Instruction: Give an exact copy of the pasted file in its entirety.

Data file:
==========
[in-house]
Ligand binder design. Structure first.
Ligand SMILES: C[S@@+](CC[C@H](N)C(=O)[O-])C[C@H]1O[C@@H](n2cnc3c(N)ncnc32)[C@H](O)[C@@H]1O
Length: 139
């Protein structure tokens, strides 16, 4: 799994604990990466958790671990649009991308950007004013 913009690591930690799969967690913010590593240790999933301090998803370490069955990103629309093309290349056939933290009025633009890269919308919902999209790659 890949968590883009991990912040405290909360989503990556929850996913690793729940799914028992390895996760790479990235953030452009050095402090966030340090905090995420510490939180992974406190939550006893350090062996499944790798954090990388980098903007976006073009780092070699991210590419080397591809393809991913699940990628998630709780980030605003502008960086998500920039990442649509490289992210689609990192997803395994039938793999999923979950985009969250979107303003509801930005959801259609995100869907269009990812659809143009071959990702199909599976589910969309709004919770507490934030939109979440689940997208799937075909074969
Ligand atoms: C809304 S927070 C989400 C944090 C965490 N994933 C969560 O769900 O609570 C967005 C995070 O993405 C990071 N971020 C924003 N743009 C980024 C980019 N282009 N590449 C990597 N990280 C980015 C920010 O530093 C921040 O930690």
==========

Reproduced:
[in-house]
Ligand binder design. Structure first.
Ligand SMILES: C[S@@+](CC[C@H](N)C(=O)[O-])C[C@H]1O[C@@H](n2cnc3c(N)ncnc32)[C@H](O)[C@@H]1O
Length: 139
């Protein structure tokens, strides 16, 4: 799994604990990466958790671990649009991308950007004013 913009690591930690799969967690913010590593240790999933301090998803370490069955990103629309093309290349056939933290009025633009890269919308919902999209790659 890949968590883009991990912040405290909360989503990556929850996913690793729940799914028992390895996760790479990235953030452009050095402090966030340090905090995420510490939180992974406190939550006893350090062996499944790798954090990388980098903007976006073009780092070699991210590419080397591809393809991913699940990628998630709780980030605003502008960086998500920039990442649509490289992210689609990192997803395994039938793999999923979950985009969250979107303003509801930005959801259609995100869907269009990812659809143009071959990702199909599976589910969309709004919770507490934030939109979440689940997208799937075909074969
Ligand atoms: C809304 S927070 C989400 C944090 C965490 N994933 C969560 O769900 O609570 C967005 C995070 O993405 C990071 N971020 C924003 N743009 C980024 C980019 N282009 N590449 C990597 N990280 C980015 C920010 O530093 C921040 O930690």